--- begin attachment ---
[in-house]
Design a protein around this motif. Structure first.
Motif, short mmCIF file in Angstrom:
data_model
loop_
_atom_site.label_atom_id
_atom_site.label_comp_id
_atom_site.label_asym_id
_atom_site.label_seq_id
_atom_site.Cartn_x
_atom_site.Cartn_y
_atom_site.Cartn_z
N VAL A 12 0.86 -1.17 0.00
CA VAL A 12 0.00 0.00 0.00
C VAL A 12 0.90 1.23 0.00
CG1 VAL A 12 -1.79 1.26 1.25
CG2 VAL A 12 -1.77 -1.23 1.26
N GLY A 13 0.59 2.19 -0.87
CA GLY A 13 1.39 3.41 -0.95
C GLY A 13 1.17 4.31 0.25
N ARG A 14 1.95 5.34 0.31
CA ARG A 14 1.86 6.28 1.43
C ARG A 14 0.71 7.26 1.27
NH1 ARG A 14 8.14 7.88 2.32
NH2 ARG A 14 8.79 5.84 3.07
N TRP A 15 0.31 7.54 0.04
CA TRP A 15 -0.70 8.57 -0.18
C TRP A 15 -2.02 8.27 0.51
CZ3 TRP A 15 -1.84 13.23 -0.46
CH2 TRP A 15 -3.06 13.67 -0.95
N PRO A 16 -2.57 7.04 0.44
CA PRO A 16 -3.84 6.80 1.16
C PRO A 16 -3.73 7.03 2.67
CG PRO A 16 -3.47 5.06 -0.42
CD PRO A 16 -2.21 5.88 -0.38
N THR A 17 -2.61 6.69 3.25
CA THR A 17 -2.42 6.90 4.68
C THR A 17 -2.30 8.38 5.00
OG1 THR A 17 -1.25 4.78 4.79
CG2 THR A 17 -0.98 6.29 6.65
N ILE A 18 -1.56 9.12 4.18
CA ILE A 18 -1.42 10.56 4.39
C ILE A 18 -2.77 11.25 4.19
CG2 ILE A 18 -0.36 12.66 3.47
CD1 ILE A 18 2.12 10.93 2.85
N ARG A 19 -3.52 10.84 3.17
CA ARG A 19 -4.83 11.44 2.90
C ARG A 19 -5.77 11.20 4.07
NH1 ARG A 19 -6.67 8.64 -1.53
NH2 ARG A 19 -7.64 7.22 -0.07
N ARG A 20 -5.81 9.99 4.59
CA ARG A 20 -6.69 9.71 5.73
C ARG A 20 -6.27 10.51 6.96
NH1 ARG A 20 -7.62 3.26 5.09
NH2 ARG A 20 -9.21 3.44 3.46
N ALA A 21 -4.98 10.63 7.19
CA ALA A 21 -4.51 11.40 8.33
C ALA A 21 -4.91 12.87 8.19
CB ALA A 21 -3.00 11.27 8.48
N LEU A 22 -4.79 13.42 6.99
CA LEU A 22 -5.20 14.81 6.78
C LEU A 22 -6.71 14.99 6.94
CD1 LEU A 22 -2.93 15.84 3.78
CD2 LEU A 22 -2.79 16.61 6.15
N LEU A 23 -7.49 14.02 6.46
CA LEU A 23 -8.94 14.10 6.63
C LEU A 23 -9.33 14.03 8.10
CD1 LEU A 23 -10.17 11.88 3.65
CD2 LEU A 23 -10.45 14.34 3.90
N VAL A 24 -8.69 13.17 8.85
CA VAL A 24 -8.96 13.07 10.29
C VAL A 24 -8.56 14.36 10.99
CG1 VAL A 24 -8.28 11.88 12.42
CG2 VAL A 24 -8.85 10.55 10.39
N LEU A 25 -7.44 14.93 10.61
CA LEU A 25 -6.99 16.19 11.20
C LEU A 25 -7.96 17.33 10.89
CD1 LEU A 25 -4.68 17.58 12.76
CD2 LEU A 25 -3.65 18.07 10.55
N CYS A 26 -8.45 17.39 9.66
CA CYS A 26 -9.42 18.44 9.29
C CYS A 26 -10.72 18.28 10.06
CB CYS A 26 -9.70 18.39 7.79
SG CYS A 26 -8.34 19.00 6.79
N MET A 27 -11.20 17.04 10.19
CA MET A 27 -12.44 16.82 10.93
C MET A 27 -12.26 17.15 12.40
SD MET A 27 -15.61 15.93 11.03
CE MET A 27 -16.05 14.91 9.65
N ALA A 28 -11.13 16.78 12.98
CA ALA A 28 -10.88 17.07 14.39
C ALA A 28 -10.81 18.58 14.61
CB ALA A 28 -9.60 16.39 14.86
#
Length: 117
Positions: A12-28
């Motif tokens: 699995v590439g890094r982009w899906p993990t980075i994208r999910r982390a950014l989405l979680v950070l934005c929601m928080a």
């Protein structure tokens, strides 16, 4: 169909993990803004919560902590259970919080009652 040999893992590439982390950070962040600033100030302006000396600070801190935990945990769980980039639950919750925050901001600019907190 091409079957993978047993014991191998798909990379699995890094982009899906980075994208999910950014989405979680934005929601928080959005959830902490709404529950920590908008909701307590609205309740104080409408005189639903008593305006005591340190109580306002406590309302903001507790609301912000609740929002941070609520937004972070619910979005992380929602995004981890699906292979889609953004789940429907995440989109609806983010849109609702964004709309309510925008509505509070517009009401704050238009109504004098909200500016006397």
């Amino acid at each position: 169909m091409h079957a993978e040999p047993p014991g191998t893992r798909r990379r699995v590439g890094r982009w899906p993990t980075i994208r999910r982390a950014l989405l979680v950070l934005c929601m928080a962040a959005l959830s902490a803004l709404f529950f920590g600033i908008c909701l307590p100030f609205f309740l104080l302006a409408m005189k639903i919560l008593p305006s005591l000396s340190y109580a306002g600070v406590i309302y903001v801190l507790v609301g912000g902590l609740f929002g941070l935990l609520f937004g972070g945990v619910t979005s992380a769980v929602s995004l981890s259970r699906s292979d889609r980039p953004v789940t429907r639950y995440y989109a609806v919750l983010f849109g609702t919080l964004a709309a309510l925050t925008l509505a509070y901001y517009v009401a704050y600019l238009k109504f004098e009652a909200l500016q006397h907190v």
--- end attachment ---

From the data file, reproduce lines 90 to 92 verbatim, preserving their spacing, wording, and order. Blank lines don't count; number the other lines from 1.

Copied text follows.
N ALA A 28 -11.13 16.78 12.98
CA ALA A 28 -10.88 17.07 14.39
C ALA A 28 -10.81 18.58 14.61